Tag Archives: SOA

A reality check on “citizen development”

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The topic of Citizen Development recently received a lot of attention – the latest coming from new Gartner report and from ebizQ forums. So I’d like to revisit it.

The temptation of “citizen” application development dates back to the prehistory of the PC – the introduction of micro computers and products such as Framework and dBase. That was the time when we entered the market with Magic Software, and I supported the thesis that 4GL’s enable line of business experts to directly implement business applications shortcutting much of the traditional development and programming process. Reality proved otherwise, showing that such easy to use tools actually amplify lack of IT skills, which sometimes led to very unhappy endings. We revised our approach very fast to target system analysts rather than LOB professionals, and observed amazing results – very small teams providing very rich and comprehensive applications (an example in More about Enterprise RIA in practice).

Nowadays, I believe that citizen development can be effective provided the following combination: easy and intuitive assembly and composition tools with adequately enforced governance, and a professionally developed collection of services (building blocks). A good example of such a mix is Convertigo.com, which evolved from Programmatic Integration to Enterprise Mashup’s and now to SOA backend enablement (targeted at IT professionals via an Eclipse based studio) and Front-End composition (targeted at citizen developers with Convertigo’s own Composer as well as other popular composition tools).

What do you think about Citizen Development?


Are we living in SOA?

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ebizQ is running a great complement of industry forums (www.ebizq.net/blogs/ebizq_forum/2009/05), which provide me with posting stimulus. I just posted a comment in the SOA forum, which I want to share here. The topic is “Do You Believe SOA Related Projects Will Increase or Decrease in the Future?”. It reminded me of the initial pitch we developed to explain SOA, and with the continuing noise around “is SOA dead” I think that it is a good occasion to bring it up again.

I want to give credit to my past colleague Avishai Shafir (presently Director of Product Marketing at BluePhoenix), who came up with the idea of the analogy: Imagine a world in which we have to supply all our needs on our own… – that would set us deeply back in time, won’t you agree? If you think about it, modern society is based almost exclusively on services: Trade, Health, Transportation, Finance, … and these services are founded upon Specialization, Standardization, Regulation and Scalability, among others. Come to think of it, we live in a SOA! Yet in the IT world, we’re still very much in the primitive autarchic era in which every solution/application has to supply all its needs on its own. Now, imagine how far could Business Technology (that’s the next thing beyond IT) evolve with SOA and ubiquitous services – may be as far or even beyond what modern human society achieved by building on a SOA.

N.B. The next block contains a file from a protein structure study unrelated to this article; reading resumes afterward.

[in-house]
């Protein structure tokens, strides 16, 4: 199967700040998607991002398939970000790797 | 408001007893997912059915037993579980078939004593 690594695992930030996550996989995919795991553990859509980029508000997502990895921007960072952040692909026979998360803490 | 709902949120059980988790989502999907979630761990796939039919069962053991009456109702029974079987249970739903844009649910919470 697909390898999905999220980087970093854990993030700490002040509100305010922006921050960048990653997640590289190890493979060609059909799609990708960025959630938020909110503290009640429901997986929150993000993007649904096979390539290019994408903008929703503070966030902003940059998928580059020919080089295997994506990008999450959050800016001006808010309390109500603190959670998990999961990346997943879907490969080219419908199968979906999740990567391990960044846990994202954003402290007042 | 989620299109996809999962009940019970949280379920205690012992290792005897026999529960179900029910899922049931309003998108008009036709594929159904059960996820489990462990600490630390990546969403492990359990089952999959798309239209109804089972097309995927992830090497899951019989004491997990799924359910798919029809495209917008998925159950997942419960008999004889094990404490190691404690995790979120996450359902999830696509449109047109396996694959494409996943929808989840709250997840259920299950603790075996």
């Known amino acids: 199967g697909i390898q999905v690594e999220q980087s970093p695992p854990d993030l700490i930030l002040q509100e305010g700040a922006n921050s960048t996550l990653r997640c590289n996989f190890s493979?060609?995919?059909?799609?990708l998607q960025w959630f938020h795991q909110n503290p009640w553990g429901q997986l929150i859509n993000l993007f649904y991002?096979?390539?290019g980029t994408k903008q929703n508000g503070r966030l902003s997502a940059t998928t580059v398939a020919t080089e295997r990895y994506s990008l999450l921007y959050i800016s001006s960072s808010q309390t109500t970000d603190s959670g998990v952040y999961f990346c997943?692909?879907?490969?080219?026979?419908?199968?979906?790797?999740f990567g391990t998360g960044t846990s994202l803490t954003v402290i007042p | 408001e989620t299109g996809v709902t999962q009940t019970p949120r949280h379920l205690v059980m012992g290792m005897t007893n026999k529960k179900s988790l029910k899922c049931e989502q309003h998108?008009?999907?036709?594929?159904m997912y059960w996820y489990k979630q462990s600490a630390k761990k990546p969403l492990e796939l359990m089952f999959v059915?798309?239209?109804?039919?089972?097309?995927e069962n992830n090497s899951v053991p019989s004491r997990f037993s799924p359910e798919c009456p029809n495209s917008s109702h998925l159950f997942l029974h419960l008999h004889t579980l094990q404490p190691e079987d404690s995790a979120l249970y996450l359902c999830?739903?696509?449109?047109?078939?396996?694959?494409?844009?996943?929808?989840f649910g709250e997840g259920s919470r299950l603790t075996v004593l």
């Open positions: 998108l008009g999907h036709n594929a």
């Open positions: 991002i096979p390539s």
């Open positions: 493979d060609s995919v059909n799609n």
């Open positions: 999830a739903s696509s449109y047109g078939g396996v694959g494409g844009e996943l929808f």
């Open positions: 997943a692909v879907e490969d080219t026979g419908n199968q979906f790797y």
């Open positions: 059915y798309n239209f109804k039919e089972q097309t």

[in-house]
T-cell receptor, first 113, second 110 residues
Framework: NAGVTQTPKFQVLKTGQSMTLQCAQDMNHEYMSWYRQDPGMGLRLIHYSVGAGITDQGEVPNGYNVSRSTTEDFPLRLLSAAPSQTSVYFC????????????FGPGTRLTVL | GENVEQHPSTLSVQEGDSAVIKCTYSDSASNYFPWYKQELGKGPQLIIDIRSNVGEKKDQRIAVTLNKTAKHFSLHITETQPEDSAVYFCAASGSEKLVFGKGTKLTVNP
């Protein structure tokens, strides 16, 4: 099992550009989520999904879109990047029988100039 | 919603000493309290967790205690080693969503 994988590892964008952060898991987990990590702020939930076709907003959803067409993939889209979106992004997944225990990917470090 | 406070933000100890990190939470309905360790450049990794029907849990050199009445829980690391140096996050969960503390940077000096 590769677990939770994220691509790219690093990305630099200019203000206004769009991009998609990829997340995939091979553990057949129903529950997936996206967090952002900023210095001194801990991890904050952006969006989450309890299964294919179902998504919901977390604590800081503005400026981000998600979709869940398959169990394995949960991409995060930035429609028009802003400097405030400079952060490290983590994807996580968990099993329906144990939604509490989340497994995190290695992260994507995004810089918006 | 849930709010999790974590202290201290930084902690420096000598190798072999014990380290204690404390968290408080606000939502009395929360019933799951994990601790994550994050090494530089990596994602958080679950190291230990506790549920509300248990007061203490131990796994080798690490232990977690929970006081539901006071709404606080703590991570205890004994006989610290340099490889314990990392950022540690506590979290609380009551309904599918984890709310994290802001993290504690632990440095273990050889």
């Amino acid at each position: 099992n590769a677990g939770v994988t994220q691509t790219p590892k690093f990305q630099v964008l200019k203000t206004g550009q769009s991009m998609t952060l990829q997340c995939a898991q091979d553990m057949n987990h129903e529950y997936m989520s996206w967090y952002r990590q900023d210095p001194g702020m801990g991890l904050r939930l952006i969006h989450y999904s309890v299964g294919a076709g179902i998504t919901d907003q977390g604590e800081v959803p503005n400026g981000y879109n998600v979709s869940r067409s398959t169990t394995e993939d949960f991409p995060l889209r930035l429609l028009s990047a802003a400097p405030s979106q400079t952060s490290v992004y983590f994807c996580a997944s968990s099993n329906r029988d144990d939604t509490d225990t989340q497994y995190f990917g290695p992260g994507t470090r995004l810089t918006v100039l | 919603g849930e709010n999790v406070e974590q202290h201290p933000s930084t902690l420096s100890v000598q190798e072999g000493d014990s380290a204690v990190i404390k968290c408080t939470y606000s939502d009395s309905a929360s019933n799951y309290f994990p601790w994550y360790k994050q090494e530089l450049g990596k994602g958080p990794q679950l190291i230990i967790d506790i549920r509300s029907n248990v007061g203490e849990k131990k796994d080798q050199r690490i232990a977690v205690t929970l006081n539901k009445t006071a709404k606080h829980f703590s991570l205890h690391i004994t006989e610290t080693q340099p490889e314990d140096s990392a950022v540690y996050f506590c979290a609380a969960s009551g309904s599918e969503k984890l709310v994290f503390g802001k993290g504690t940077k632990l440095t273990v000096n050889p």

So let me supplement this with a question of mine – Do you agree to the statement that we are living in SOA?


Dark Clouds, SOA Obituaries, and how many angels can dance on the tip of a pin

McKinzey published a few days ago a report on Cloud Computing, trying to pin down the definition of Cloud Computing and highlight its economics, in particular when comparing holistic approaches – the cost of an on-premise data center (hardware and infrastructure, if I understood correctly) compared to the cost of the same facility in the Cloud (Amazon in this case). One of their conclusion is that above a certain size, Cloud is more expensive than On-premise.

Last January, Anne Thomas Manes published her famous blog post titled “SOA Is Dead”, claiming that most SOA projects failed to deliver the promised benefits or worse. Unlike McKinzey, she did not go into a lengthy discussion of defining SOA, but the title was enough to unleash a storm in our industry.

The question I ask myself and others is how much of the commotion is for internal consumption of the experts, and how much of it really matters to those who consume the stuff and end up footing the bill.

I do not know personally IT professionals who conducted a SOA project in order to implement a SOA. I do know people who chose to use SOA principles and applied them going forward, sometimes having to retrofit and sometimes transforming, taking advantage of the service orientation and cleaner design. So what’s in the statement “SOA Is Dead” beyond provocative semantics and a great opportunity for industry experts to express themselves?

Now comes the “dark cloud” commotion, with a very similar effect. I would be very surprised if a large company would simply go along with the generic McKinsey report and use it for decision making without a serious subjective evaluation.

My point? Let’s not waste energy on debating theology, and use that to make concepts more understandable and share experience and best practices.